## Counting Overlapping Elements in Python

##### Wed 16 April 2014

Say you have a list of lists, like:

```
matrix = [[1, 2, 3], [4, 5, 6], [1, 2, 6]]
```

You want to know how many times pairs of numbers occur in the same list, or overlap. In the example above, you'd have:

- 1 & 2: paired twice
- 1 & 3: paired once
- 2 & 3: paired once
- 4 & 5: paired once
- 4 & 6: paired once
- 5 & 6: paired once
- 1 & 6: paired once
- 2 & 6: paired once

You'd like some code that tells you that there's one pairing that occur twice and seven pairings that occur once. Stack Overflow will tell you how to do it:

```
from collections import Counter
from itertools import chain, combinations
Counter(chain.from_iterable(combinations(row, 2) for row in matrix))
```

That works, but it's completely confusing. I'm going to break down what it's doing, beginning
with `combinations(row, 2)`

.

#### Producing combinations

`combinations()`

produces an iterator containing the pairs
in an input iterable (e.g. a list).
The code below uses `combinations`

to generate all the pairs in the matrix's first
row. Each tuple represents one pairing; for example, `(1, 2)`

indicates that
1 and 2 were in the same row one time.

```
>>> x = combinations(matrix[0], 2)
>>> print x
<itertools.combinations object at 0x10d1719f0>
>>> print list(x)
[(1, 2), (1, 3), (2, 3)]
```

To find the combinations in all of the rows in the matrix, we apply `combinations()`

to each row through a generator comprehension. A generator comprehension has the
same syntax as a list comprehension but produces a generator instead of a list.

```
>>> combos = (combinations(row, 2) for row in matrix)
>>> print combos
<generator object <genexpr> at 0x10d168f00>
>>> print [list(x) for x in combos]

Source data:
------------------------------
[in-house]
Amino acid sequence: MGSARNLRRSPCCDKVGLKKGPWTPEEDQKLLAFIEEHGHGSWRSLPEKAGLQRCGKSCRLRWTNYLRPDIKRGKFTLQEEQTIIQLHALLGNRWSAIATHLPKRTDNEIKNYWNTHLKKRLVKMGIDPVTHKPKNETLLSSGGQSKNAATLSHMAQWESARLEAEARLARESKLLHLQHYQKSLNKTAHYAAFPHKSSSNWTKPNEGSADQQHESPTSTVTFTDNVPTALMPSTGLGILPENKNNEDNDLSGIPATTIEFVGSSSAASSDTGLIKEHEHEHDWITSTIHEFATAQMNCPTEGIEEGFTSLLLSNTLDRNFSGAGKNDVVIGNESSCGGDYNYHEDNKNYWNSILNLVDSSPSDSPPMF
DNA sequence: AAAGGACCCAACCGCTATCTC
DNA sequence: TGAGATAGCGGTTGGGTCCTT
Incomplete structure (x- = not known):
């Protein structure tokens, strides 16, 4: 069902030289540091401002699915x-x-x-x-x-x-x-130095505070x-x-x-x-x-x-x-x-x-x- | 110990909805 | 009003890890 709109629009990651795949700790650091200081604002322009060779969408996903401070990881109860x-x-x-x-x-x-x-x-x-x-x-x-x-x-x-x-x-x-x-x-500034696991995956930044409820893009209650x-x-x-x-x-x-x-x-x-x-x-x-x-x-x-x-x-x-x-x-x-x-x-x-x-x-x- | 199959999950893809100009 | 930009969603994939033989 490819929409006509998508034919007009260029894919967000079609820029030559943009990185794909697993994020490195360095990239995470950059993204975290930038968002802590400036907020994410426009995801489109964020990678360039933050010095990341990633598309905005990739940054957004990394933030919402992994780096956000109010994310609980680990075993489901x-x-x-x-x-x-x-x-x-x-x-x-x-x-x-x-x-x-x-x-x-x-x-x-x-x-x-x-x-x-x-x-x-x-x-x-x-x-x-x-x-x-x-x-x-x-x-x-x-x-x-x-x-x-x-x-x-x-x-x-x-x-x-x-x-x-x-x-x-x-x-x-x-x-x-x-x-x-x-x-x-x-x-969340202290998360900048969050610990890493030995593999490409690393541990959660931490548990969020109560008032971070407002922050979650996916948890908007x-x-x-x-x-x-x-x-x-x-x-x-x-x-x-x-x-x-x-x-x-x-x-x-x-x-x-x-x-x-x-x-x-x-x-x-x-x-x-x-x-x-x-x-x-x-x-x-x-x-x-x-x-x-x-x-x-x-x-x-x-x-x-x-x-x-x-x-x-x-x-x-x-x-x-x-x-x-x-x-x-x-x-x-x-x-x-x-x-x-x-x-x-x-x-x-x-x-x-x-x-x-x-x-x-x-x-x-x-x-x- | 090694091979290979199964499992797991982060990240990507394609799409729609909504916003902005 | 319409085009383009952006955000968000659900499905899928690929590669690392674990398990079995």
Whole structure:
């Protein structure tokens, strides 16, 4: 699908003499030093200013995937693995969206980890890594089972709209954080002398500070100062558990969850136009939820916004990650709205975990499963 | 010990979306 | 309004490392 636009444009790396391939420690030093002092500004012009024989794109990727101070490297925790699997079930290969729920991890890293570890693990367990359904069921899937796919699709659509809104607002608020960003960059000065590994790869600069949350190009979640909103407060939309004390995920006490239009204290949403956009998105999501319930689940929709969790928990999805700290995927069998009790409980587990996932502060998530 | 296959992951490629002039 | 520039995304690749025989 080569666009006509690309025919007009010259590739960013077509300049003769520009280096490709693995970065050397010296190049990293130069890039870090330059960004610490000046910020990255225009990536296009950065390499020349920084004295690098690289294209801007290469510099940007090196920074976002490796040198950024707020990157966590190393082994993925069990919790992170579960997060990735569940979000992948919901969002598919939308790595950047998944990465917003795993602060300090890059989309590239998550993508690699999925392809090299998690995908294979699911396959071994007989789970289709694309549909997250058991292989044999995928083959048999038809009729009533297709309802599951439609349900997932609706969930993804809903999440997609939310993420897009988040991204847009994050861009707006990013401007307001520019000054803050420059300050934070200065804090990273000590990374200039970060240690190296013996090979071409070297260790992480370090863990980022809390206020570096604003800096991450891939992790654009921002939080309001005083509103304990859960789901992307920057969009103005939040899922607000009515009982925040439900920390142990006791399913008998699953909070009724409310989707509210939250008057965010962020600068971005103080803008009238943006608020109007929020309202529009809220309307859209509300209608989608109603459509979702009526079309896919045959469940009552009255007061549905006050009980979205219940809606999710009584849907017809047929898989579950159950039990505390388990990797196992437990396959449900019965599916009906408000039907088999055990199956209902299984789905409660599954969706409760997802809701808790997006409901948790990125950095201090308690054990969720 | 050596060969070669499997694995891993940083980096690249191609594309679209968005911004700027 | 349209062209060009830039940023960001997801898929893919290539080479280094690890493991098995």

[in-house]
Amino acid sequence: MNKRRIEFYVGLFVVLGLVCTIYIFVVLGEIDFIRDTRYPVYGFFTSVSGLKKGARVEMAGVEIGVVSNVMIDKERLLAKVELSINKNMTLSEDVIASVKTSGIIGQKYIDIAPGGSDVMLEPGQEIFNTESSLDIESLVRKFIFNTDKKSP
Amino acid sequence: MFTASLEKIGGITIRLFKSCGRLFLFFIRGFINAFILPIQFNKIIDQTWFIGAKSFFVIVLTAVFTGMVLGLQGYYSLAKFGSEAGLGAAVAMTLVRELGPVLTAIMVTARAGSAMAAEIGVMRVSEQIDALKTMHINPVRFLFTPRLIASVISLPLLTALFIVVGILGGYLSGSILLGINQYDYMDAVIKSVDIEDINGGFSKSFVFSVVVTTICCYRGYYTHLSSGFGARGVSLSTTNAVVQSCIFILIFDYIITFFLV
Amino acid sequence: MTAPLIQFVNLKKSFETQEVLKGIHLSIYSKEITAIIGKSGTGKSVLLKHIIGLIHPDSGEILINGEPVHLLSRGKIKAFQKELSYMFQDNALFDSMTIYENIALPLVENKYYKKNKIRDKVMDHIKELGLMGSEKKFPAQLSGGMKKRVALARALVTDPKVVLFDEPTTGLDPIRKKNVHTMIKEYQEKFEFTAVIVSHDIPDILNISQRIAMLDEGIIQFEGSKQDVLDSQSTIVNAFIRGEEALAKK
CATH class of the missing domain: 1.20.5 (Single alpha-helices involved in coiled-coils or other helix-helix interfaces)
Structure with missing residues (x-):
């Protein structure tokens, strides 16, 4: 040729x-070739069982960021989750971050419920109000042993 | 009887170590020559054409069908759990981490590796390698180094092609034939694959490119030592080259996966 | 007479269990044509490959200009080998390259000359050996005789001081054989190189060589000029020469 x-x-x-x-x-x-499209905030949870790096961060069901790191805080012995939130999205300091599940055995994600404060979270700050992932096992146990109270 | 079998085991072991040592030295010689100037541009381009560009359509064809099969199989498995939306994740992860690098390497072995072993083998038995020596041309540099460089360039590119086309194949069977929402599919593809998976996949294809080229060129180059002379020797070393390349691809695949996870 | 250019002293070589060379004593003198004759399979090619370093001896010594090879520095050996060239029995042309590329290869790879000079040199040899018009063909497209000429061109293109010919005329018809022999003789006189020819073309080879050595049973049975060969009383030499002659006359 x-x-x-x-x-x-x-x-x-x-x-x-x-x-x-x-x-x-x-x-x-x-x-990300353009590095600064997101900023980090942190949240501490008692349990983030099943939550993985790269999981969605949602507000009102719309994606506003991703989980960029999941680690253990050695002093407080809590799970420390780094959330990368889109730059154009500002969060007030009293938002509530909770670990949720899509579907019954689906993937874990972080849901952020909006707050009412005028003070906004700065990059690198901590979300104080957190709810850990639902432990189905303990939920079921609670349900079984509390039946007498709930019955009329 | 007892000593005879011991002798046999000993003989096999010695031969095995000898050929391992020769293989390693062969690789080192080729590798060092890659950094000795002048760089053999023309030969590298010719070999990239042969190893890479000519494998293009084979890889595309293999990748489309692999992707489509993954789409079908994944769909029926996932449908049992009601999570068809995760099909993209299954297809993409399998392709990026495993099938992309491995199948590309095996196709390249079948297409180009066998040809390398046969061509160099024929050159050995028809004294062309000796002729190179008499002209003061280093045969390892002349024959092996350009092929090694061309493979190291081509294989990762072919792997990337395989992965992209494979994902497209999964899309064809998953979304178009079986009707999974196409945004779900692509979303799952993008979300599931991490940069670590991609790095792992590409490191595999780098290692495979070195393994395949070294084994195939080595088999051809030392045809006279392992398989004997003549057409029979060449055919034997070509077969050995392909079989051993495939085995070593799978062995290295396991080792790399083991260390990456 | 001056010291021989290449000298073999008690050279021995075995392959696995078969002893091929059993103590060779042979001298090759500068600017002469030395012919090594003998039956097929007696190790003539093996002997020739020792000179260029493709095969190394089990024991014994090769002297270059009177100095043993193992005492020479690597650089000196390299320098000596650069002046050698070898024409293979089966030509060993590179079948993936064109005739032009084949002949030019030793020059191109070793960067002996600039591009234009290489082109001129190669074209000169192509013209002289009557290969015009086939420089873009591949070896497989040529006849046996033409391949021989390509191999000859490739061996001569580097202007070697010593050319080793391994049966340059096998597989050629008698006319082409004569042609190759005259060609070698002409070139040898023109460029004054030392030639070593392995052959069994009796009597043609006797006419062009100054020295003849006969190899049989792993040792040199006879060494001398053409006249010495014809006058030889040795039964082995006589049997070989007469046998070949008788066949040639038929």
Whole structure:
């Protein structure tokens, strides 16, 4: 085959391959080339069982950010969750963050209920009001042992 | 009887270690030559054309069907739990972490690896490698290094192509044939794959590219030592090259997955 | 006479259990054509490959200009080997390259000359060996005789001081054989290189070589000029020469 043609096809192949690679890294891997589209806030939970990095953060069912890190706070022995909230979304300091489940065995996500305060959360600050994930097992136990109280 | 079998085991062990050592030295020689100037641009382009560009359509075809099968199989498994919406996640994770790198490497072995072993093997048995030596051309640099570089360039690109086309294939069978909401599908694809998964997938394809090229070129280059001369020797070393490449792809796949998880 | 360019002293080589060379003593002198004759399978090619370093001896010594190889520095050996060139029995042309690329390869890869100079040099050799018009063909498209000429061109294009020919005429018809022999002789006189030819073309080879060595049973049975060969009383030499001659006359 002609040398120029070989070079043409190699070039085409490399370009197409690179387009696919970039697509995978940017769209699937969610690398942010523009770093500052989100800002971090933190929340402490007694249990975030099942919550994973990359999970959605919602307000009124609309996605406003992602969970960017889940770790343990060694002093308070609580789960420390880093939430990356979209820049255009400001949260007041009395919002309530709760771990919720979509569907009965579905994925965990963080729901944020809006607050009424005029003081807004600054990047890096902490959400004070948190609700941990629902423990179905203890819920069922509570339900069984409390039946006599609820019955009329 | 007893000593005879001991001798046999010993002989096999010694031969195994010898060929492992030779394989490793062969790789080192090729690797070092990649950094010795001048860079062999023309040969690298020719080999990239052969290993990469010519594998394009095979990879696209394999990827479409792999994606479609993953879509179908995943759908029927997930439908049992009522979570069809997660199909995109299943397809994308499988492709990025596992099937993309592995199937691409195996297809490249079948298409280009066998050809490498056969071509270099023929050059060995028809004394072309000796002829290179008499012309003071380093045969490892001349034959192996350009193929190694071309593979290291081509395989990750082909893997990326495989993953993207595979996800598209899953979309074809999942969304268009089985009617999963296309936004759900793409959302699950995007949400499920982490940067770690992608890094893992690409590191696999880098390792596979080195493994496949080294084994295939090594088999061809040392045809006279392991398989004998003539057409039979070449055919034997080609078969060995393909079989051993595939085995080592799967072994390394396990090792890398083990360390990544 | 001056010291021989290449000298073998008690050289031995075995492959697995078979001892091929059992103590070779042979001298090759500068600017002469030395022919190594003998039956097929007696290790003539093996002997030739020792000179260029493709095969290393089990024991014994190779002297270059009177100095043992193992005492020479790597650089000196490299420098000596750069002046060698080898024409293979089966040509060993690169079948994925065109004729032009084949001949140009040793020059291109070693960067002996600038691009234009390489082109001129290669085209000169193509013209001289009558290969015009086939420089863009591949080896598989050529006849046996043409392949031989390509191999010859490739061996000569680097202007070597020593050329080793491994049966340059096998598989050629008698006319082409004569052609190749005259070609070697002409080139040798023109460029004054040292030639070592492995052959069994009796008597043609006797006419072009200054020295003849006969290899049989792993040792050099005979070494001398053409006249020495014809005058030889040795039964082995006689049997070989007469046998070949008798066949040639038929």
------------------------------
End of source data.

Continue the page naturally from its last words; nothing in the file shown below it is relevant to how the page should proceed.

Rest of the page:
[[(1, 2), (1, 3), (2, 3)], [(4, 5), (4, 6), (5, 6)], [(1, 2), (1, 6), (2, 6)]]
```

#### Chaining the combinations

Our end goal is to count how many there are of each tuple; we should end up with one
that occurs twice (`(1, 2)`

) and seven that occur once. By inspecting the output above,
*we* can see that this is the case, but Python can't because the tuples aren't all
in the same combinations object. Enter `chain.from_iterable()`

, a function that will combine each of the `combinations`

objects in
`combos`

into one giant iterator:

```
>>> chained_combos = chain.from_iterable(combos)
>>> list(chained_combos)
[(1, 2), (1, 3), (2, 3), (4, 5), (4, 6), (5, 6), (1, 2), (1, 6), (2, 6)]
```

#### Counting the pairs in the chain

Now we can create a `Counter`

object to tally the frequency of each pairing.
A `Counter`

is a type of dictionary used for creating tallies: the keys are the items
you're counting, and the values are the tallies.

```
>>> counts = Counter(chained_combos)
>>> print counts
Counter({(1, 2): 2, (1, 3): 1, (4, 6): 1, (4, 5): 1, (5, 6): 1, (2, 6): 1, (2, 3): 1, (1, 6): 1})
>>> print counts.values()
[2, 1, 1, 1, 1, 1, 1, 1]
```

#### Tallying the overall frequencies

Finally, to count the overall frequencies, we use a second counter:

```
>>> overall_counts = Counter(counts.values())
>>> print overall_counts
Counter({1: 7, 2: 1})
```

Ta da! 7 pairs together once, 1 pair together twice.

This can be easily extended from
pairs to trios, quartets, and larger groups by replacing `combinations(row, 2)`

with
`combinations(row, <your-size>)`

.

Finally, an important note: this will only work if the values inside each tuple
are always listed
in the same order. `(1, 2)`

is not the same as `(2, 1)`

.